First, some quick thoughts on Day 2 and the first game of Day 3:
I have UConn going to the finals in my bracket, but I was sure rooting for Albany last night. Anyone who was rooting for UConn during that game better have a family member on the Huskies. You knew Albany probably wasn't going to be able to hang on, but it sure was fun when they hit that three with the shot clock running down to go up 10, and then the jumper to go up 12. Since I didn't watch the Georgetown/Princeton game in '89 live, this is the closest I've ever been to feeling like I was watching a #1 seed go down (with a close second going to the Western Carolina/Purdue game in 1996).
Bradley, Texas A&M and Air Force should reinforce a lesson: Always bet on the teams that just barely made the tournament. The teams that get killed all week long ("How can you pick that team over Cincinnati!?"). Those are the teams that always come out with a chip on their shoulder and that you really don't want to play in the first round. I thought Kansas was going to have enough firepower to hold of Bradley, but youth got served last night. Two straight first round defeats do not, however, preclude Bill Self from consideration for Coach of the Year awards. They also do not knock him out of the list of Top 5 head coaches in college basketbal.
Murray State and George Washington are going to be teams to watch out for in the tournament for years to come because of the coaches. Little teams can pull off upsets with one really good player (like Bryce Drew from Valpo in '98 or the duo from Vermont last year), but those teams settle back into irrelevancy as soon as those players graduate. The teams that are upset threats year in and year out are those with coaches who know how to set the right game plan. So far in this tournament, the coaches that most personify that characterization are Mick Cronin of Murray State and Karl Hobbs of GW. Both coaches are bundles of energy, jumping all over the court so much that you get excited everytime the camera pans to them. And lower seeded teams need to have a ton of energy to put on the kind of pressure, force the amount of turnovers, and grab the amount of loose balls that they need to beat teams with superior talent in the half court. Cronin specifically changed his team's attitude from a half-court team to a running team as they headed into the conference tournament specifically to prepare for that first round game. His team was big enough to pound the Ohio Valley in the half court, but they were not going to pound UNC. Meanwhile, Karl Hobbs has created a team of seemingly interchangeable parts that all exude his type of energy. I expect both of these teams to be upset threats in the near future, and as long as they can hang onto their coaches.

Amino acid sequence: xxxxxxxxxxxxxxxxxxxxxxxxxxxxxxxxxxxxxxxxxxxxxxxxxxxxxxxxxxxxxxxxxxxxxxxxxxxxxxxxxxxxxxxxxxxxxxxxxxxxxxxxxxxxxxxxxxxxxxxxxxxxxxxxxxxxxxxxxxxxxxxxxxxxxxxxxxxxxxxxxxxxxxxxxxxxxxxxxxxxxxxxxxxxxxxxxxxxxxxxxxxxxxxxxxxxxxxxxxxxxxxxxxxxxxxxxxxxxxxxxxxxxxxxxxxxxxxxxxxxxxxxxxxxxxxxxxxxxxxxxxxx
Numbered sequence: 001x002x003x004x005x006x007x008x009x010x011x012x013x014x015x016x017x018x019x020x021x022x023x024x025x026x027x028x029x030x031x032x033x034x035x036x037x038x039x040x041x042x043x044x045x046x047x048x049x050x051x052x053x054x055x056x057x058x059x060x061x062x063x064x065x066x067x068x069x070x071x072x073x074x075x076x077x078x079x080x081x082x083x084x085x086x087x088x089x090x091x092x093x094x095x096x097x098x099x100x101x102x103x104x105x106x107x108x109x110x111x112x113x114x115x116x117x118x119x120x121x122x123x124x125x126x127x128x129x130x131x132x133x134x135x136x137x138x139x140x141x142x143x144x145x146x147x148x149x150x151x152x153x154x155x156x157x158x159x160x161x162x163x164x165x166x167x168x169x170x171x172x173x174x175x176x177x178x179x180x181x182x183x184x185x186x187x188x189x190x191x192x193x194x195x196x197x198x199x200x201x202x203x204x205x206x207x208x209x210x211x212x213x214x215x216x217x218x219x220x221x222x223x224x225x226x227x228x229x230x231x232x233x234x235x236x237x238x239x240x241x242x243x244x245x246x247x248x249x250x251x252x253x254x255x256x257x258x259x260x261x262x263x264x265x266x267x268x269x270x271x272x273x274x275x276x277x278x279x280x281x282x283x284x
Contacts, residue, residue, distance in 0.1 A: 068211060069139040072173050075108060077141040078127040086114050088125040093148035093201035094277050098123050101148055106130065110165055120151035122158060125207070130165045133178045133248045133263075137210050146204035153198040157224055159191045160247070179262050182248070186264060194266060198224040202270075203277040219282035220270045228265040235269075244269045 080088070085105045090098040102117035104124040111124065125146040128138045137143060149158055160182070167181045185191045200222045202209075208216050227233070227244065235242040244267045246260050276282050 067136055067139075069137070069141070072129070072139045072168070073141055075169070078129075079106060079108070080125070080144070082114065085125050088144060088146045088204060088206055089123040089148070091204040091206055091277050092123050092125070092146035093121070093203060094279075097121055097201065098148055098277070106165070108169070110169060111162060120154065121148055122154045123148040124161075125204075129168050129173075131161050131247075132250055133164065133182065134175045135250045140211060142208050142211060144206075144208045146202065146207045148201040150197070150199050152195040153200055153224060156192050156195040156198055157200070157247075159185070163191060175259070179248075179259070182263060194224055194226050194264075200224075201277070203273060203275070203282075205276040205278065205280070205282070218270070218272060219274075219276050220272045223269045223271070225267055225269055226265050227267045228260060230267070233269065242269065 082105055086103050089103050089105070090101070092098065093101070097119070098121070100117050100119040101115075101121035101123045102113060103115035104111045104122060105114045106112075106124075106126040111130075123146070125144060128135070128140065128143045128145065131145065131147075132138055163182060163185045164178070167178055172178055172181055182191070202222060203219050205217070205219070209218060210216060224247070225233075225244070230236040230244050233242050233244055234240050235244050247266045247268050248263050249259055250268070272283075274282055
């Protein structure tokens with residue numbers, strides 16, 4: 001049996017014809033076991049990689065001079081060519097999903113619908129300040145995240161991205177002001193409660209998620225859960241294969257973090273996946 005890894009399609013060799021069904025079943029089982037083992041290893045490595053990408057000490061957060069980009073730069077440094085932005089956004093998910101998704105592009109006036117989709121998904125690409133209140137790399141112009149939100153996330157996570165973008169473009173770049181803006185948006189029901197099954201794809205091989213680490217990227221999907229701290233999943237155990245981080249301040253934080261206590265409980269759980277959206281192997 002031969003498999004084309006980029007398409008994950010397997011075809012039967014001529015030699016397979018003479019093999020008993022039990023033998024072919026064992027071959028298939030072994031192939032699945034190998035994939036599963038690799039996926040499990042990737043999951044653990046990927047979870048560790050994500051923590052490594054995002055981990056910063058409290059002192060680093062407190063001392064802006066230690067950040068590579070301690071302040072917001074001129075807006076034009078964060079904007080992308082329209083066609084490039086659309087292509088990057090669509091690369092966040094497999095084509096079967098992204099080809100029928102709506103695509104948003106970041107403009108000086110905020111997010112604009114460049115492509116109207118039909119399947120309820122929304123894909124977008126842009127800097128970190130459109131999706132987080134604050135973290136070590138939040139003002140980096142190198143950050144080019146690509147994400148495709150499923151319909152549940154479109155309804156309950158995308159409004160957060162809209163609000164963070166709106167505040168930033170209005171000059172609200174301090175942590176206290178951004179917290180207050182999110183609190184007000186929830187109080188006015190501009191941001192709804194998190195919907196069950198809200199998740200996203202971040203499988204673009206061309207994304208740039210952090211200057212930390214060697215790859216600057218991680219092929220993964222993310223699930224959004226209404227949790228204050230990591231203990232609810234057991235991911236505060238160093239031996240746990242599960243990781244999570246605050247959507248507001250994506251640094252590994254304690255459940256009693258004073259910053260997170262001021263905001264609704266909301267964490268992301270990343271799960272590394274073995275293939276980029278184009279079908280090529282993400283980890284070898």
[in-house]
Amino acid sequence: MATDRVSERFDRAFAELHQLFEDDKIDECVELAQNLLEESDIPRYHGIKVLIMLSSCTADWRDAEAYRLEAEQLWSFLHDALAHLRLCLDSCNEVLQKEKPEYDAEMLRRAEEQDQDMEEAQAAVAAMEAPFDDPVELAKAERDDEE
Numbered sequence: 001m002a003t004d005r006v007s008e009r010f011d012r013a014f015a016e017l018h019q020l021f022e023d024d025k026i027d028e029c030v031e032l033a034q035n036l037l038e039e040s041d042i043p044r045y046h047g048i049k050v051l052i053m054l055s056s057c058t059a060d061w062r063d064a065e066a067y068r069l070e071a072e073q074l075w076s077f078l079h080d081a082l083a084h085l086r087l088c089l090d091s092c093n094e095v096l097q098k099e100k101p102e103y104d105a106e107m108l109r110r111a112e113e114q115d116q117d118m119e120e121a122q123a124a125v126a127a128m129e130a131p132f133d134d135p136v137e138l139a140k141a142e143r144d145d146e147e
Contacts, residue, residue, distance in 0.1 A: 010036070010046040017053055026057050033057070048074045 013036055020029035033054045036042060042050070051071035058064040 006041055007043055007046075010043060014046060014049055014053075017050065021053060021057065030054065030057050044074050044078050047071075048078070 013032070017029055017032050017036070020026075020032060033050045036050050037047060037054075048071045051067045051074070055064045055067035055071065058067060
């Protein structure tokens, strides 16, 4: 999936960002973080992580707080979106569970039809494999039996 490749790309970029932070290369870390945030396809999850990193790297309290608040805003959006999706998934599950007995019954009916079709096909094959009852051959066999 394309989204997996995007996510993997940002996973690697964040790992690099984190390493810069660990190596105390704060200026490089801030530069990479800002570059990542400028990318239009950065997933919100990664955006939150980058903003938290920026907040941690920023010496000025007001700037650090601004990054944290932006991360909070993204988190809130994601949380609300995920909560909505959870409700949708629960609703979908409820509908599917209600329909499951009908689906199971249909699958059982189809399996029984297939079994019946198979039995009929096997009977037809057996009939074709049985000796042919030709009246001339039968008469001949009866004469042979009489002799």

And on that note, expect to soon see the first previews for the 2007 season. As promised, this site will begin to have tons of in-depth analysis for the '06-'07 season, and it's going to start in the next few days. First up will be the smaller conferences, with the power conferences not covered until after the tournament. I don't want to judge any conference until all of its teams are done playing. Anyway, stay tuned, and remember that comments and suggestions are strongly encouraged - leave comments on the blog or e-mail me through the link in the upper-right part of the page.